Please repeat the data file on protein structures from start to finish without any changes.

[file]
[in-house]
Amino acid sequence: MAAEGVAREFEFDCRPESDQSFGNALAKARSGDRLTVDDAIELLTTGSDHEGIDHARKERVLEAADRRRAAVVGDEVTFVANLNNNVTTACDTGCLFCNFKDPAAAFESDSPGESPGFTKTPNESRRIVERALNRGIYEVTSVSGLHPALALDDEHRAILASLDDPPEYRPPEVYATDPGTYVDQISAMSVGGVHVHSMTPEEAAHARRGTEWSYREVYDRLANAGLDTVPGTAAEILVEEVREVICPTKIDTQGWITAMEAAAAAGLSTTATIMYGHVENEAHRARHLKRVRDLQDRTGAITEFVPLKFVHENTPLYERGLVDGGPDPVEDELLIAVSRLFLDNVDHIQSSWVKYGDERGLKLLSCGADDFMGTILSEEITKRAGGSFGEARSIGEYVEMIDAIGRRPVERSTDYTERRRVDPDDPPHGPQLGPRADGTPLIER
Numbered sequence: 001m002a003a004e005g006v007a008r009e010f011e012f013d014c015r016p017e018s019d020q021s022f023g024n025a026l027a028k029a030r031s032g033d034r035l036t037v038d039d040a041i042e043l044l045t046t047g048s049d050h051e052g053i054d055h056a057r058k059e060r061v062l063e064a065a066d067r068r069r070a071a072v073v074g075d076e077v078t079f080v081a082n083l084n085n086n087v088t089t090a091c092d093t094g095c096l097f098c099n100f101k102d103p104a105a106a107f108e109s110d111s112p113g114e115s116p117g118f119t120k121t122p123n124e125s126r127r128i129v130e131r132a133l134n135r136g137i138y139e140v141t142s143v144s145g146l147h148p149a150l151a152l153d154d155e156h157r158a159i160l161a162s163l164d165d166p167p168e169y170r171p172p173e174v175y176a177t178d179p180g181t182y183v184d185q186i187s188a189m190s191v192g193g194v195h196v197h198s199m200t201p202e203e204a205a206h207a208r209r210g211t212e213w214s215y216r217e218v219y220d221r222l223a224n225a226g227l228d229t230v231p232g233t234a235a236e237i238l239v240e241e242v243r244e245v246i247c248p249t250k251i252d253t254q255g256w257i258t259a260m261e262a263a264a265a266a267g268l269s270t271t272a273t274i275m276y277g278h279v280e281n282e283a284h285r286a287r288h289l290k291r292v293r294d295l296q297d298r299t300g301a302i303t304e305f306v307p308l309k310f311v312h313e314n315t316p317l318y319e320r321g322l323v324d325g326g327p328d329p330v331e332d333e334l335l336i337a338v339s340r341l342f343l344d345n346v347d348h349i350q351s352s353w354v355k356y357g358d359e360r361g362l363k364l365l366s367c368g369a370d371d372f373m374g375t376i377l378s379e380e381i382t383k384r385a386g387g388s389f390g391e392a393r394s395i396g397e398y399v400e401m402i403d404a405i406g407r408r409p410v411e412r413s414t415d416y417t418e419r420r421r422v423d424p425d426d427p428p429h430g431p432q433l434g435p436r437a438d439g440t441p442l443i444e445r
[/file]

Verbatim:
[in-house]
Amino acid sequence: MAAEGVAREFEFDCRPESDQSFGNALAKARSGDRLTVDDAIELLTTGSDHEGIDHARKERVLEAADRRRAAVVGDEVTFVANLNNNVTTACDTGCLFCNFKDPAAAFESDSPGESPGFTKTPNESRRIVERALNRGIYEVTSVSGLHPALALDDEHRAILASLDDPPEYRPPEVYATDPGTYVDQISAMSVGGVHVHSMTPEEAAHARRGTEWSYREVYDRLANAGLDTVPGTAAEILVEEVREVICPTKIDTQGWITAMEAAAAAGLSTTATIMYGHVENEAHRARHLKRVRDLQDRTGAITEFVPLKFVHENTPLYERGLVDGGPDPVEDELLIAVSRLFLDNVDHIQSSWVKYGDERGLKLLSCGADDFMGTILSEEITKRAGGSFGEARSIGEYVEMIDAIGRRPVERSTDYTERRRVDPDDPPHGPQLGPRADGTPLIER
Numbered sequence: 001m002a003a004e005g006v007a008r009e010f011e012f013d014c015r016p017e018s019d020q021s022f023g024n025a026l027a028k029a030r031s032g033d034r035l036t037v038d039d040a041i042e043l044l045t046t047g048s049d050h051e052g053i054d055h056a057r058k059e060r061v062l063e064a065a066d067r068r069r070a071a072v073v074g075d076e077v078t079f080v081a082n083l084n085n086n087v088t089t090a091c092d093t094g095c096l097f098c099n100f101k102d103p104a105a106a107f108e109s110d111s112p113g114e115s116p117g118f119t120k121t122p123n124e125s126r127r128i129v130e131r132a133l134n135r136g137i138y139e140v141t142s143v144s145g146l147h148p149a150l151a152l153d154d155e156h157r158a159i160l161a162s163l164d165d166p167p168e169y170r171p172p173e174v175y176a177t178d179p180g181t182y183v184d185q186i187s188a189m190s191v192g193g194v195h196v197h198s199m200t201p202e203e204a205a206h207a208r209r210g211t212e213w214s215y216r217e218v219y220d221r222l223a224n225a226g227l228d229t230v231p232g233t234a235a236e237i238l239v240e241e242v243r244e245v246i247c248p249t250k251i252d253t254q255g256w257i258t259a260m261e262a263a264a265a266a267g268l269s270t271t272a273t274i275m276y277g278h279v280e281n282e283a284h285r286a287r288h289l290k291r292v293r294d295l296q297d298r299t300g301a302i303t304e305f306v307p308l309k310f311v312h313e314n315t316p317l318y319e320r321g322l323v324d325g326g327p328d329p330v331e332d333e334l335l336i337a338v339s340r341l342f343l344d345n346v347d348h349i350q351s352s353w354v355k356y357g358d359e360r361g362l363k364l365l366s367c368g369a370d371d372f373m374g375t376i377l378s379e380e381i382t383k384r385a386g387g388s389f390g391e392a393r394s395i396g397e398y399v400e401m402i403d404a405i406g407r408r409p410v411e412r413s414t415d416y417t418e419r420r421r422v423d424p425d426d427p428p429h430g431p432q433l434g435p436r437a438d439g440t441p442l443i444e445r